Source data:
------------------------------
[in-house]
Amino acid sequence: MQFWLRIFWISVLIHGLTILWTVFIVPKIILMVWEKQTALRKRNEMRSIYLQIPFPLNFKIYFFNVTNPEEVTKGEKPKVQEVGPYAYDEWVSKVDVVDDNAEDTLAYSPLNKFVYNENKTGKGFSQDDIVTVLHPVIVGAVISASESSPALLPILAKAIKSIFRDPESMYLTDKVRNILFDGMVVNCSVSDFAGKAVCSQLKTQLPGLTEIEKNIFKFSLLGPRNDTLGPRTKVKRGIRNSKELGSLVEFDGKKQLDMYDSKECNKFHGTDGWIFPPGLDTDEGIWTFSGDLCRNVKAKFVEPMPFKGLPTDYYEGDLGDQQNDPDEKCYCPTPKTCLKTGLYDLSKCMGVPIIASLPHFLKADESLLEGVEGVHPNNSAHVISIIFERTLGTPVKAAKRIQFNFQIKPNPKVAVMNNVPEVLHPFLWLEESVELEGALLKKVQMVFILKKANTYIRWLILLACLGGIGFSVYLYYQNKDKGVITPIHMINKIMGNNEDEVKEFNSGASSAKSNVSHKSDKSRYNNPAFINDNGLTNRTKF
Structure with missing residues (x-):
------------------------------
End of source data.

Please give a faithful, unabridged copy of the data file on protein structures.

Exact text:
[in-house]
Amino acid sequence: MQFWLRIFWISVLIHGLTILWTVFIVPKIILMVWEKQTALRKRNEMRSIYLQIPFPLNFKIYFFNVTNPEEVTKGEKPKVQEVGPYAYDEWVSKVDVVDDNAEDTLAYSPLNKFVYNENKTGKGFSQDDIVTVLHPVIVGAVISASESSPALLPILAKAIKSIFRDPESMYLTDKVRNILFDGMVVNCSVSDFAGKAVCSQLKTQLPGLTEIEKNIFKFSLLGPRNDTLGPRTKVKRGIRNSKELGSLVEFDGKKQLDMYDSKECNKFHGTDGWIFPPGLDTDEGIWTFSGDLCRNVKAKFVEPMPFKGLPTDYYEGDLGDQQNDPDEKCYCPTPKTCLKTGLYDLSKCMGVPIIASLPHFLKADESLLEGVEGVHPNNSAHVISIIFERTLGTPVKAAKRIQFNFQIKPNPKVAVMNNVPEVLHPFLWLEESVELEGALLKKVQMVFILKKANTYIRWLILLACLGGIGFSVYLYYQNKDKGVITPIHMINKIMGNNEDEVKEFNSGASSAKSNVSHKSDKSRYNNPAFINDNGLTNRTKF
Structure with missing residues (x-):